The signal was there, I missed it totally, and it cost me. New bearings and gaskets went in, the oil leak was stopped, the bank balance went down but, thankfully,  I never again got to see that light go on while driving.

On another occasion I had business to transact in Canberra, the nation's capital. I was on my way by car down the Hume Highway and enjoying the drive until I started to notice the tell tale signs that suggested I ought to stop and have a rest. My eyes wanted to close, my concentration dropped, and I was constantly yawning. I read the signals correctly and did the right thing deciding to stop and have 20 minutes of sleep. I began to look for a place where I could safely pull over. Places to stop are not all that close and when you are traveling at the speed limit of 110 km per hour in traffic, you can miss a stopping bay or perhaps a narrow road entrance where there would be no traffic to worry about.

I saw a spot where there was a farm entry and some space to stop under a couple of big trees. After checking for following traffic I stopped fairly quickly and pulled into the open area that was the start of the secondary or local road. I was about to put the seat back and the head down when the head and shoulders of a policeman appeared beside the driver's window.  I was non-plussed. I had not been speeding. I had signaled my turn off the freeway. I had been driving in the left lane before stopping and could think of no reason for a visit from the police. The police are not in the habit of stopping people to congratulate them on their good driving performance.

Unknown to me, there was a radar trap a little further down the road and I had happened to stop right in the detection area. My relatively sudden stop had them thinking that I had a radar detector fitted to the vehicle. They came over to check on my vehicle fit out. The fine for using a radar detector is large.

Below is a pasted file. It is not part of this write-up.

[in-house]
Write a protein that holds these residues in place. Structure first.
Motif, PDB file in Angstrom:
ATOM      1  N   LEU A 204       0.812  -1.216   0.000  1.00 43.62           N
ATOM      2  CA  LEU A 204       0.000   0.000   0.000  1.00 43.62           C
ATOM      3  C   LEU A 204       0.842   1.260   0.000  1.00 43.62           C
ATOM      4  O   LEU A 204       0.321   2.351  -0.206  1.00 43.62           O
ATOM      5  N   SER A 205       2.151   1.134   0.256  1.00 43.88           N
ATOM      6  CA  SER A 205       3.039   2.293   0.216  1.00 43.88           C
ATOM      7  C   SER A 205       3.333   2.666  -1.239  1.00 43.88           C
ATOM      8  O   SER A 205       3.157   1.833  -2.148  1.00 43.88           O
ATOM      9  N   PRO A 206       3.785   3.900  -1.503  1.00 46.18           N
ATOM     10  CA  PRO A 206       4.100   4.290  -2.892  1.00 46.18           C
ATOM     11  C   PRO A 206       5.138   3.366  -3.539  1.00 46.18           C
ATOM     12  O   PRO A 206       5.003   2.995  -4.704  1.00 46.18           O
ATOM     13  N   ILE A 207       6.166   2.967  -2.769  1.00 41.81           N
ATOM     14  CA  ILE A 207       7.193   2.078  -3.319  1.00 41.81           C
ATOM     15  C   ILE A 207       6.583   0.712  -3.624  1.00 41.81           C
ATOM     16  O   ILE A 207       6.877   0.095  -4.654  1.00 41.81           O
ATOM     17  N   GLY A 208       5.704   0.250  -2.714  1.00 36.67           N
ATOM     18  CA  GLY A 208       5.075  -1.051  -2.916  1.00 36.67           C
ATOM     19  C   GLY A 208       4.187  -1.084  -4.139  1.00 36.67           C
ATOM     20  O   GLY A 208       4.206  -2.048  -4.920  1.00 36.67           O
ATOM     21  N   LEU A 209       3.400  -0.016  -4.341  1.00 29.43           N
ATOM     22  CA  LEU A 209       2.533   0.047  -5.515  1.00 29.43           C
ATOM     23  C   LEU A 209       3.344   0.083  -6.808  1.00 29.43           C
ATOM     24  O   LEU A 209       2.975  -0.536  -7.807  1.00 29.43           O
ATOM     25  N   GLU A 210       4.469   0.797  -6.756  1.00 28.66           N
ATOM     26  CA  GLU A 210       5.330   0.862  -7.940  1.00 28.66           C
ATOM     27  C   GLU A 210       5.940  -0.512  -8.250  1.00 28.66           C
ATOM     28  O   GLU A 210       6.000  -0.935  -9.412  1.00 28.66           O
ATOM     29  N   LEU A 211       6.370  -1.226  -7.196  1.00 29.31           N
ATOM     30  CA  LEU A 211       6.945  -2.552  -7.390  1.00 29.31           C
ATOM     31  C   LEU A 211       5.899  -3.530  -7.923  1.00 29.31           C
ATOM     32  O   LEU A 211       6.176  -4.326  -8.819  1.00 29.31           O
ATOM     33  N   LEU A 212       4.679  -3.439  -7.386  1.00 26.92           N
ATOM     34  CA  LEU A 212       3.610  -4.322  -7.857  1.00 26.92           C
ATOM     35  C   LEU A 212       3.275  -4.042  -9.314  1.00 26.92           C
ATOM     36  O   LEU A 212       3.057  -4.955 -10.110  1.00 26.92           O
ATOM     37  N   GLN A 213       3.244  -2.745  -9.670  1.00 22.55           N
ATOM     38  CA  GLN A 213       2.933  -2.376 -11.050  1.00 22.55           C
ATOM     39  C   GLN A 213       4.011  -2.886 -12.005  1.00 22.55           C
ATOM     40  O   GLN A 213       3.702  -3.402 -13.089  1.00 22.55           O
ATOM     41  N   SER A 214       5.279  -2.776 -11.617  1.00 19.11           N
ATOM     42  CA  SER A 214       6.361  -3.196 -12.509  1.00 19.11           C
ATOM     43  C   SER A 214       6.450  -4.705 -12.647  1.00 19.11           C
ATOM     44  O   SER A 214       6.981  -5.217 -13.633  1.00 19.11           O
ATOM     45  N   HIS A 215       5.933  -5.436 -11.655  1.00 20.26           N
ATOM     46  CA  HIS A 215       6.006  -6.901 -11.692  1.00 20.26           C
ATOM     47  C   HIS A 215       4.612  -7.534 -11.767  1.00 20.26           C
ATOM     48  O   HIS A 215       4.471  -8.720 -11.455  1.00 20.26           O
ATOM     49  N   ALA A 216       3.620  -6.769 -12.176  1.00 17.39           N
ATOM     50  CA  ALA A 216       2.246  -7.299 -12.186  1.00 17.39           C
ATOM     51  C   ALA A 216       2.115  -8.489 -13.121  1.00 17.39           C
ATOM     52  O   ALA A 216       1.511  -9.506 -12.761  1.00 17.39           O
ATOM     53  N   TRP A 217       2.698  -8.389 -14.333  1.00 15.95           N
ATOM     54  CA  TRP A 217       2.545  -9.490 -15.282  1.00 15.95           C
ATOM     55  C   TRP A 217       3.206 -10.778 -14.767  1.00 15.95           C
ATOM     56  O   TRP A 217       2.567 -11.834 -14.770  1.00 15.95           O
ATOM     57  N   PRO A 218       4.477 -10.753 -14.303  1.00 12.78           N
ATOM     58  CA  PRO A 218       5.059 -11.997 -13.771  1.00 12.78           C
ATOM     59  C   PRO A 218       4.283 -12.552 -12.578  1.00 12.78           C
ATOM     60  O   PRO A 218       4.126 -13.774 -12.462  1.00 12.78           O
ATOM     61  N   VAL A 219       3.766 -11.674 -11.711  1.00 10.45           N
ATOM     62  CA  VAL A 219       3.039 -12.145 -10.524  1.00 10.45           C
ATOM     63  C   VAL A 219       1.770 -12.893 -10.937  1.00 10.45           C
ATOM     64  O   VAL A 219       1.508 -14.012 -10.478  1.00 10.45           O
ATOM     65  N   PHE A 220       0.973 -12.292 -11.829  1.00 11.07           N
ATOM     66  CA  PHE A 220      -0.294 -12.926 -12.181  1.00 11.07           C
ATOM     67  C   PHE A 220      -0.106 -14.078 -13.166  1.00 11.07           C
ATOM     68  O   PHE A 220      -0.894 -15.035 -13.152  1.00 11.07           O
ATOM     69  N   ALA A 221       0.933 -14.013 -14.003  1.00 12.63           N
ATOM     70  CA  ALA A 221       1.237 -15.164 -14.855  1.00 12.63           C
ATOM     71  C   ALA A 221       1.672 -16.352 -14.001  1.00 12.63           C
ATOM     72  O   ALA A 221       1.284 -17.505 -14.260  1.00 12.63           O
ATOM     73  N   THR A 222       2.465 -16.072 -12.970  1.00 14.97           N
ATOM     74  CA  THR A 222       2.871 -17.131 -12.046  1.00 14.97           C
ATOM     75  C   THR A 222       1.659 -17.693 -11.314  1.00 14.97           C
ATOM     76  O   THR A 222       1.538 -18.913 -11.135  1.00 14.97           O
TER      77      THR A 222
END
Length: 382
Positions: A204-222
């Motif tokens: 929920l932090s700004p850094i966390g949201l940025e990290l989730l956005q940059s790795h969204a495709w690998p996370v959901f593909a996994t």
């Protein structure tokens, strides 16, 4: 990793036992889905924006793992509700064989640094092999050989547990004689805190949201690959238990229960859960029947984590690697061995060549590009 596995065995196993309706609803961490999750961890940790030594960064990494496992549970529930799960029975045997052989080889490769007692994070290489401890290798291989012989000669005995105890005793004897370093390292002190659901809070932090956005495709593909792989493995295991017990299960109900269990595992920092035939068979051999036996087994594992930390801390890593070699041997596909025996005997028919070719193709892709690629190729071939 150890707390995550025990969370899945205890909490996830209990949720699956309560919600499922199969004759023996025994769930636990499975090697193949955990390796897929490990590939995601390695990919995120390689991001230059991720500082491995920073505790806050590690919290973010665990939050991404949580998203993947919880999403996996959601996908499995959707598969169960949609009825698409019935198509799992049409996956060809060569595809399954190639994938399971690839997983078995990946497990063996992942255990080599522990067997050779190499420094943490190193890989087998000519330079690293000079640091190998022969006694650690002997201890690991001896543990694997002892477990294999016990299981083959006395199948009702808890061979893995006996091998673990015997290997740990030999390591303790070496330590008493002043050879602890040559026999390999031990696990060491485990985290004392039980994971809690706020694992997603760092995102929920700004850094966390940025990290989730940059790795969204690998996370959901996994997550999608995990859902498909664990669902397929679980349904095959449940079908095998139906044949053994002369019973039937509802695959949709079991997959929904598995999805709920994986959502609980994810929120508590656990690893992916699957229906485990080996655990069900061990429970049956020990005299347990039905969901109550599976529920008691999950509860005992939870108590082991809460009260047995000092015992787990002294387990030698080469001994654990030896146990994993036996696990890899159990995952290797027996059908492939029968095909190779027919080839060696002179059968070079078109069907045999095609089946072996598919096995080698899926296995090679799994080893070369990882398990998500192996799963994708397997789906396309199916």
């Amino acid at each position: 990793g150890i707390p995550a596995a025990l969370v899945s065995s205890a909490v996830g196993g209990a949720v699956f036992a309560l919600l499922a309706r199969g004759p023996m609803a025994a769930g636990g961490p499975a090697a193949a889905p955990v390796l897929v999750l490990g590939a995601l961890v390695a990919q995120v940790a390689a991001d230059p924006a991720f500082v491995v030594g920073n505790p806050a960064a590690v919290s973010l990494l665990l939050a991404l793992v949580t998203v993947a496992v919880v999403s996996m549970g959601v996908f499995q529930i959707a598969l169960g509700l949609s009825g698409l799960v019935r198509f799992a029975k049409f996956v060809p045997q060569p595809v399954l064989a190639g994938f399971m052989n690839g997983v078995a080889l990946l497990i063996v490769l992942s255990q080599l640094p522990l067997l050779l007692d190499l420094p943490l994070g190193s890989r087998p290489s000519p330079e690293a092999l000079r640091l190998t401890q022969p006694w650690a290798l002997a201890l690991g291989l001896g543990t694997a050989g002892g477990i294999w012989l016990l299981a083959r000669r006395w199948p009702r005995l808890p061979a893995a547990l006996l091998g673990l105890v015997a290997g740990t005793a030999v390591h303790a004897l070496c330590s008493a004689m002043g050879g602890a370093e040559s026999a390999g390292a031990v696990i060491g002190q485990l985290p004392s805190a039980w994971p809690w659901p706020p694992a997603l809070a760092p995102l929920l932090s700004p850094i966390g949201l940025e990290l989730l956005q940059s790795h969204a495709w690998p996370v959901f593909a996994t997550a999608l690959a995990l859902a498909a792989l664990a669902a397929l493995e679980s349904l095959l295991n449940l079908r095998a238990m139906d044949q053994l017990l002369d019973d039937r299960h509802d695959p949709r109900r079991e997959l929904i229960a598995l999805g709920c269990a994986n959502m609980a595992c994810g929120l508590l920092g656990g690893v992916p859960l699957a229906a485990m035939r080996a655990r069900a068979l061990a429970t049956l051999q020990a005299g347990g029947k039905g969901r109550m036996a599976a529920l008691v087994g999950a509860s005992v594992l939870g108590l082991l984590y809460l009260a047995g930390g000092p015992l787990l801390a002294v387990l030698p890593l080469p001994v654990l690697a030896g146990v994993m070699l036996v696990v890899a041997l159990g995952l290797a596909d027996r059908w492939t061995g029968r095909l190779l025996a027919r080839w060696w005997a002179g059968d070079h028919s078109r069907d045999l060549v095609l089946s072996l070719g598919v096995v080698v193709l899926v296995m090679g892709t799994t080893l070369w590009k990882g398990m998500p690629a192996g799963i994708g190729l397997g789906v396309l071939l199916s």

The result was my instant awakening. The adrenalin kicked in, thoughts of sleep went out the window. I did not need any further rest, and promptly but demurely left the location.

On another occasion in Darwin for business again, I had rented a Mini Moke for a drive down to Katherine on Sunday morning. I rose around 4.00 am and set off. There was not another vehicle around in the city and I decided to experiment. I wanted to see if, when stopping at the traffic lights, I could position the Moke not in the middle of the lane as you are supposed to do, but evenly straddling the lane markers.

After trying over 2 or 3 sets of traffic lights, a police car pulled up beside me, and I was given the once over. No doubt the constabulary thought that here was a case of driving under the influence.

In both these cases the police read signals from my actions and drew conclusions that were not unreasonable  in the circumstances but were a mis-reading because they did not have the full information set. We parted company amicably in both cases.

The world is full of signals today